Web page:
“I wish I knew what had happened to Ruth’s doll,” I lamented to my children a week before Christmas.

Ruth, our adopted daughter, had so loved the brown Bitty Baby I’d bought when she’d arrived in Maine from a Ugandan children’s home, Welcome Home Ministries Africa. At the time, Ruth was 18 months old and couldn’t sit up, feed herself or speak. Having been abandoned at birth, she was staying in Topsham with friends, who’d volunteered to take care of her while she received therapy for cerebral palsy.

Our own daughter, Lydia, was just a couple of weeks older than Ruth. For her first birthday, six months before, her grandmother had bought her a popular American Girl doll with a soft cottony body and round rosy cheeks. After meeting Ruth, I knew she needed a doll too. So after failing to find a single brown doll in midcoast Maine, I’d ordered one online.

That Christmas, after Ruth’s host mother got sick, Ruth came to live with us. I sewed the girls matching dresses of velvet and tulle – holly-berry red for Ruth and holly green for Lydia. For their matching Bitty Babies, I sewed matching rompers. In the years Ruth was with us, seeing our nearly identical girls with their identical dolls brought me so much joy. Since Ruth was unable to use her hands, Lydia or I (or one of the girls’ older brothers) would dress her doll for her before tucking it under the crook of her arm as she sat in her wheelchair.

Then one winter, nearly eight years ago – Is it even possible? – we lost our sweet Ruth. She’d had a mild cold before passing away unexpectedly in her sleep. The pain of losing a child is an agony that defies description. Our one comfort was knowing that if it hurt so much, we had truly loved Ruth well. Over the years, Ruth’s doll continued to receive much of our love – first from Lydia, then from her two little brothers. How I loved watching those boys dress and rock and lug around their sister’s doll.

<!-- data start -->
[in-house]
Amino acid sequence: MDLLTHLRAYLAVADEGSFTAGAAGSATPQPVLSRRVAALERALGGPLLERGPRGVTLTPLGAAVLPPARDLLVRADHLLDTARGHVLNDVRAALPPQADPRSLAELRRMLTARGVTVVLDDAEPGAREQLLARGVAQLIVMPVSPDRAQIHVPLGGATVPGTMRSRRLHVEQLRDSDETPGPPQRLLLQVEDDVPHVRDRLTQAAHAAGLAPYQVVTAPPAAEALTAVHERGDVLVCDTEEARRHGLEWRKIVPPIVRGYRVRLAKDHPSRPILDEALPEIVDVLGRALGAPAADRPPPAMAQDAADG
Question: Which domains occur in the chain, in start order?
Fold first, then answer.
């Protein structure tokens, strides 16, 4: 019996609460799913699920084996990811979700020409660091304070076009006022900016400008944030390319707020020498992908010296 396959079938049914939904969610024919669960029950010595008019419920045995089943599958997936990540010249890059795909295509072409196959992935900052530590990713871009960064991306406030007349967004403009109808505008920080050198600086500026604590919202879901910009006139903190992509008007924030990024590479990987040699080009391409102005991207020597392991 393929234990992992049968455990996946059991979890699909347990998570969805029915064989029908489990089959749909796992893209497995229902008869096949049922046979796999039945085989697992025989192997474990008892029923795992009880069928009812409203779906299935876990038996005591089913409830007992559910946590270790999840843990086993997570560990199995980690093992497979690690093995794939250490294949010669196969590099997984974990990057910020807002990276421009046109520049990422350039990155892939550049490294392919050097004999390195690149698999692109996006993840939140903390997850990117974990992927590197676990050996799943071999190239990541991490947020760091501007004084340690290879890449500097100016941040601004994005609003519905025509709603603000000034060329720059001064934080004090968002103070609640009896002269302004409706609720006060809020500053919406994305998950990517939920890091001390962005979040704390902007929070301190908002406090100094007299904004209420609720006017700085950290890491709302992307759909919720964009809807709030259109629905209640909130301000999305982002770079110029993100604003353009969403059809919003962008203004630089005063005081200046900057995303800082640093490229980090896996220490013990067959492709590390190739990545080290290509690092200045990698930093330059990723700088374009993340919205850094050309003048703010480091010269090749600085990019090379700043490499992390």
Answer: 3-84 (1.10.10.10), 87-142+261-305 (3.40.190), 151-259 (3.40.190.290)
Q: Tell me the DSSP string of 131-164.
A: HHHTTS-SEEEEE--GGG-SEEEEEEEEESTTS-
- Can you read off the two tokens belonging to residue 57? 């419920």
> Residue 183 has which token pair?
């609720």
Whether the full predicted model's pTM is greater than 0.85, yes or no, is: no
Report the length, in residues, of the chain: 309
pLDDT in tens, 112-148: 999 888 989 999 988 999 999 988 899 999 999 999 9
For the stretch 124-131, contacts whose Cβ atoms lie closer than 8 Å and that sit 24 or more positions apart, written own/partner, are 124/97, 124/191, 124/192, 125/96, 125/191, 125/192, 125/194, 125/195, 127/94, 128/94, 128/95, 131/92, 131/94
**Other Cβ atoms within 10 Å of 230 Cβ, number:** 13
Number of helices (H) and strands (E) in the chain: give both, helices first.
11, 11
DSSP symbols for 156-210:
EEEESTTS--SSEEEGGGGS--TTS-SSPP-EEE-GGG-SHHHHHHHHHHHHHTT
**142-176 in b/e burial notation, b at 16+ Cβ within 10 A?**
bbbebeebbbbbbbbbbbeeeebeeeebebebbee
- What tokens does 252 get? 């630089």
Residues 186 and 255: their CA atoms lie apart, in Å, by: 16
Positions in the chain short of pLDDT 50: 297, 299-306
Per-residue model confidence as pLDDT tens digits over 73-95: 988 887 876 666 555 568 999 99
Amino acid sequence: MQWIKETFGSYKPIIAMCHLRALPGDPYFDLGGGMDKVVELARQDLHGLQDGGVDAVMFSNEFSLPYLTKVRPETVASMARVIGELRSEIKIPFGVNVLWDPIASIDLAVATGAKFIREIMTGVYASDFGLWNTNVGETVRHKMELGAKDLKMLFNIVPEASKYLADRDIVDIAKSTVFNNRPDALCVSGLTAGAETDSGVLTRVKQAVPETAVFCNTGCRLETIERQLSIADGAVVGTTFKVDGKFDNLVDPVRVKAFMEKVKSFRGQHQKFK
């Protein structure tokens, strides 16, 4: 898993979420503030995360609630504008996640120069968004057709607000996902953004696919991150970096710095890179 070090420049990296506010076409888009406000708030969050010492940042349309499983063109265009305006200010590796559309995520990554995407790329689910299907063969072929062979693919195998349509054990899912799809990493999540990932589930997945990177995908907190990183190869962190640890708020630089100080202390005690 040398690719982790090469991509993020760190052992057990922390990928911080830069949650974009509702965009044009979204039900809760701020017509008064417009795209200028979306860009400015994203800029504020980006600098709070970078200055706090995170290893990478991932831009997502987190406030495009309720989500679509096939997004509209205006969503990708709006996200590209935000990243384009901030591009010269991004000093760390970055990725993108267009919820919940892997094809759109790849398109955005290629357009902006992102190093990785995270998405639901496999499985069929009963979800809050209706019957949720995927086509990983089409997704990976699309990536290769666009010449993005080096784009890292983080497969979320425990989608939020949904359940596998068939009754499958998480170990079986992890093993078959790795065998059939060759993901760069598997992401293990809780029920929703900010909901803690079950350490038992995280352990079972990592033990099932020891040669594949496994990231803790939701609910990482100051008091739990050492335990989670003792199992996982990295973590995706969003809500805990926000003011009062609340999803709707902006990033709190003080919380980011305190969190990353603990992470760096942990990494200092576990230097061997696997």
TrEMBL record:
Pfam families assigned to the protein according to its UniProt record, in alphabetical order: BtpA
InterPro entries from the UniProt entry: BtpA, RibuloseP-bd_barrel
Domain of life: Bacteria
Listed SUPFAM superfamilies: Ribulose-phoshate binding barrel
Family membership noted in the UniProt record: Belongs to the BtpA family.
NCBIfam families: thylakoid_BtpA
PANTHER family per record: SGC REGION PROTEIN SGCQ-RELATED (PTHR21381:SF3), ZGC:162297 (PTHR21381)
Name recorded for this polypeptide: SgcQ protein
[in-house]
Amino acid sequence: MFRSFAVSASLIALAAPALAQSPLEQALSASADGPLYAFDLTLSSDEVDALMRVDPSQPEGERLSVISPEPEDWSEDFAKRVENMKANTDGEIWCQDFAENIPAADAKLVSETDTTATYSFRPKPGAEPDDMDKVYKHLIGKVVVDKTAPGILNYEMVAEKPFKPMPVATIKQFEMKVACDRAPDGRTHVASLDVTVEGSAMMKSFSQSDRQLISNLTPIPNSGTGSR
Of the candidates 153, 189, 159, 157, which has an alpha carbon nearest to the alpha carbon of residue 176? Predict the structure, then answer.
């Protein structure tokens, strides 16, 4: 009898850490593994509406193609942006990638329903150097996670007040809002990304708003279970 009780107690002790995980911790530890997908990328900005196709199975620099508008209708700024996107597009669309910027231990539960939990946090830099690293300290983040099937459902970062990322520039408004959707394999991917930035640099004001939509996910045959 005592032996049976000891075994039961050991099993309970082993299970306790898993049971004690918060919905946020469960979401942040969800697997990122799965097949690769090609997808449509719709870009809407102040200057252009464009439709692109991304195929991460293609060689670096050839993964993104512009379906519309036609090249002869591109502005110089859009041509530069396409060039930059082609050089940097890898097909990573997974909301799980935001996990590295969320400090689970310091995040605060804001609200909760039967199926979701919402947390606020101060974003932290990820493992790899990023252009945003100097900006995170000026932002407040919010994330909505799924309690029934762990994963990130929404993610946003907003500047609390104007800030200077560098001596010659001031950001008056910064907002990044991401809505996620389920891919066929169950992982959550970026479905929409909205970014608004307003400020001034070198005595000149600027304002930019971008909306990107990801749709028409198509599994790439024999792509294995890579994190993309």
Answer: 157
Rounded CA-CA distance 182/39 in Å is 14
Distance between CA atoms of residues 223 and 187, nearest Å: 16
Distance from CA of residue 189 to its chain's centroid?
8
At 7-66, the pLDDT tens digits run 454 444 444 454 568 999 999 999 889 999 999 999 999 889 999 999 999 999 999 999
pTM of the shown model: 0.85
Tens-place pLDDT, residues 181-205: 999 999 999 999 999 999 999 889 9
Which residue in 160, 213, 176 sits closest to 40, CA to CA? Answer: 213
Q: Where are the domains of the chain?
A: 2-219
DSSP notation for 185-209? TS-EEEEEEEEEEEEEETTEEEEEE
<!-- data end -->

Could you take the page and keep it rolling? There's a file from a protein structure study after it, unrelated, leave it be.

But somewhere between the years and children and moving from our old home in Bath to the rural countryside up the river, Ruth’s doll disappeared. I looked behind beds, in closets, in the back of our minivan but couldn’t find it anywhere. Finally I was forced to admit that Ruth’s doll was gone.

So when my 5 year old son, Ezra, walked into the kitchen one week before Christmas holding Lydia’s old Bitty Baby, it brought back the familiar pain of knowing what we had lost. Not just Ruth’s doll, of course, but of the many, many losses life brings – the greatest being the loss of those we love. And I couldn’t help wishing out loud that I still had Ruth’s doll – one small memento from her brief life to hold onto in her absence.

A few days later, I climbed into our attic and hauled down a giant bag of shepherd’s robes, angel wings and scarves for our church’s small nativity pageant. I had no idea what our youngest boys were supposed to be. One said a shepherd, the other a shepherd king. Either way, after years of having run pageants, I knew I had the boys covered. Herding them into their Sunday school classroom a few hours later, I plonked the bag on a table and began pulling out wads of fabric when my fingers wrapped around a cloth with something hard wrapped inside. As soon as I pulled it out, my mouth dropped open. There, bundled as the baby Jesus, was Ruth’s doll.

How many years had it been since I’d organized my last pageant? Three? Four? Unwinding a long strip of swaddling clothes, I clutched Ruth’s bare baby to my chest before running into the sanctuary to share the treasure I’d found. It was the best gift of Christmas, knowing that that which was lost had been found. And isn’t this God’s gift to all of us? Restoring that which has been lost or stolen or cast aside through the unreasonable, astonishing gift of his redemptive love.

Meadow Rue Merrill, author of the award-winning memoir, Redeeming Ruth, writes for children and adults from a little house in the big woods of midcoast Maine. The Backward Easter Egg Hunt, the second book in her Lantern Hill Farm picture-book series, is available for preorder now. Connect at www.meadowrue.com